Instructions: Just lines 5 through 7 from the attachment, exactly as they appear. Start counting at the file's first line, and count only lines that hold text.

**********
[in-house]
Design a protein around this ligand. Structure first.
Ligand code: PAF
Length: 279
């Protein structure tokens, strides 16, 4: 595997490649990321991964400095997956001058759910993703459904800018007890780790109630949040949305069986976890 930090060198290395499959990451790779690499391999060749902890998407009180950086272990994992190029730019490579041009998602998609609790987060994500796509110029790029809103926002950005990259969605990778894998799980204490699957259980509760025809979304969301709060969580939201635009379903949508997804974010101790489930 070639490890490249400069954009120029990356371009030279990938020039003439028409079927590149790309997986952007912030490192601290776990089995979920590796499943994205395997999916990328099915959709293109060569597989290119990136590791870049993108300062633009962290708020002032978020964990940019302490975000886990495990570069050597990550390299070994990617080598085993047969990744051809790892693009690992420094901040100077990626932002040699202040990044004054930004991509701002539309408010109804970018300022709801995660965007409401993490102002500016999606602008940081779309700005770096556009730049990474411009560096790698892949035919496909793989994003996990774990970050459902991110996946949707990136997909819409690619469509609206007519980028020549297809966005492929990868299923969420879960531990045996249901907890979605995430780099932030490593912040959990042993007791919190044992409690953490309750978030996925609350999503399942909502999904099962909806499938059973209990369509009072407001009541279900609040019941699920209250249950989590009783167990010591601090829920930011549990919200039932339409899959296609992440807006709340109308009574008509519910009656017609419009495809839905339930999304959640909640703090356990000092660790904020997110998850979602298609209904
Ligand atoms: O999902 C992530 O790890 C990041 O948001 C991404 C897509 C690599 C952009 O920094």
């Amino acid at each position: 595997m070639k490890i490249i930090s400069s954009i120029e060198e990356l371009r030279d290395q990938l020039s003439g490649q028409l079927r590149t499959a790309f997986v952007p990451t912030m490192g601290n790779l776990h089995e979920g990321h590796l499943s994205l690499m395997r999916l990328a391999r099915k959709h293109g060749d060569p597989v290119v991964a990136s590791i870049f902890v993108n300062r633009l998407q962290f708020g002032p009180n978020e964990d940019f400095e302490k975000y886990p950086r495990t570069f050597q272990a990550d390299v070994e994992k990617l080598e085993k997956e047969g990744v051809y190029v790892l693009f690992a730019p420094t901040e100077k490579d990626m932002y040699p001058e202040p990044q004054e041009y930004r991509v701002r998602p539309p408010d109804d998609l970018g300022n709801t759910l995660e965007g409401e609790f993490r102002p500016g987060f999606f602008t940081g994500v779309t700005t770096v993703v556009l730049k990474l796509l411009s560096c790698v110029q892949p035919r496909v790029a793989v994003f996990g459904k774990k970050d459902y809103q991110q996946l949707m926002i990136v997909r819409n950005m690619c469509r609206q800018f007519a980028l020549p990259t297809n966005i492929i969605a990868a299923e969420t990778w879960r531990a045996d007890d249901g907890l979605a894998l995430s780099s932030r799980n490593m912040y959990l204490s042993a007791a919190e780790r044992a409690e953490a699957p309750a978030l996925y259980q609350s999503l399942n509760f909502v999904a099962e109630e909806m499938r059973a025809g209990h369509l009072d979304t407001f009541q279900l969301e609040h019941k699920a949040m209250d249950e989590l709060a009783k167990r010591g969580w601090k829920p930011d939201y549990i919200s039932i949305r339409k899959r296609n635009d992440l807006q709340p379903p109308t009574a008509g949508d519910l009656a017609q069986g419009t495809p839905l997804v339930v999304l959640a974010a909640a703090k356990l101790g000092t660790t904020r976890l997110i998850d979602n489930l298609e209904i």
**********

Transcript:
């Protein structure tokens, strides 16, 4: 595997490649990321991964400095997956001058759910993703459904800018007890780790109630949040949305069986976890 930090060198290395499959990451790779690499391999060749902890998407009180950086272990994992190029730019490579041009998602998609609790987060994500796509110029790029809103926002950005990259969605990778894998799980204490699957259980509760025809979304969301709060969580939201635009379903949508997804974010101790489930 070639490890490249400069954009120029990356371009030279990938020039003439028409079927590149790309997986952007912030490192601290776990089995979920590796499943994205395997999916990328099915959709293109060569597989290119990136590791870049993108300062633009962290708020002032978020964990940019302490975000886990495990570069050597990550390299070994990617080598085993047969990744051809790892693009690992420094901040100077990626932002040699202040990044004054930004991509701002539309408010109804970018300022709801995660965007409401993490102002500016999606602008940081779309700005770096556009730049990474411009560096790698892949035919496909793989994003996990774990970050459902991110996946949707990136997909819409690619469509609206007519980028020549297809966005492929990868299923969420879960531990045996249901907890979605995430780099932030490593912040959990042993007791919190044992409690953490309750978030996925609350999503399942909502999904099962909806499938059973209990369509009072407001009541279900609040019941699920209250249950989590009783167990010591601090829920930011549990919200039932339409899959296609992440807006709340109308009574008509519910009656017609419009495809839905339930999304959640909640703090356990000092660790904020997110998850979602298609209904
Ligand atoms: O999902 C992530 O790890 C990041 O948001 C991404 C897509 C690599 C952009 O920094």
């Amino acid at each position: 595997m070639k490890i490249i930090s400069s954009i120029e060198e990356l371009r030279d290395q990938l020039s003439g490649q028409l079927r590149t499959a790309f997986v952007p990451t912030m490192g601290n790779l776990h089995e979920g990321h590796l499943s994205l690499m395997r999916l990328a391999r099915k959709h293109g060749d060569p597989v290119v991964a990136s590791i870049f902890v993108n300062r633009l998407q962290f708020g002032p009180n978020e964990d940019f400095e302490k975000y886990p950086r495990t570069f050597q272990a990550d390299v070994e994992k990617l080598e085993k997956e047969g990744v051809y190029v790892l693009f690992a730019p420094t901040e100077k490579d990626m932002y040699p001058e202040p990044q004054e041009y930004r991509v701002r998602p539309p408010d109804d998609l970018g300022n709801t759910l995660e965007g409401e609790f993490r102002p500016g987060f999606f602008t940081g994500v779309t700005t770096v993703v556009l730049k990474l796509l411009s560096c790698v110029q892949p035919r496909v790029a793989v994003f996990g459904k774990k970050d459902y809103q991110q996946l949707m926002i990136v997909r819409n950005m690619c469509r609206q800018f007519a980028l020549p990259t297809n966005i492929i969605a990868a299923e969420t990778w879960r531990a045996d007890d249901g907890l979605a894998l995430s780099s932030r799980n490593m912040y959990l204490s042993a007791a919190e780790r044992a409690e953490a699957p309750a978030l996925y259980q609350s999503l399942n509760f909502v999904a099962e109630e909806m499938r059973a025809g209990h369509l009072d979304t407001f009541q279900l969301e609040h019941k699920a949040m209250d249950e989590l709060a009783k167990r010591g969580w601090k829920p930011d939201y549990i919200s039932i949305r339409k899959r296609n635009d992440l807006q709340p379903p109308t009574a008509g949508d519910l009656a017609q069986g419009t495809p839905l997804v339930v999304l959640a974010a909640a703090k356990l101790g000092t660790t904020r976890l997110i998850d979602n489930l298609e209904i």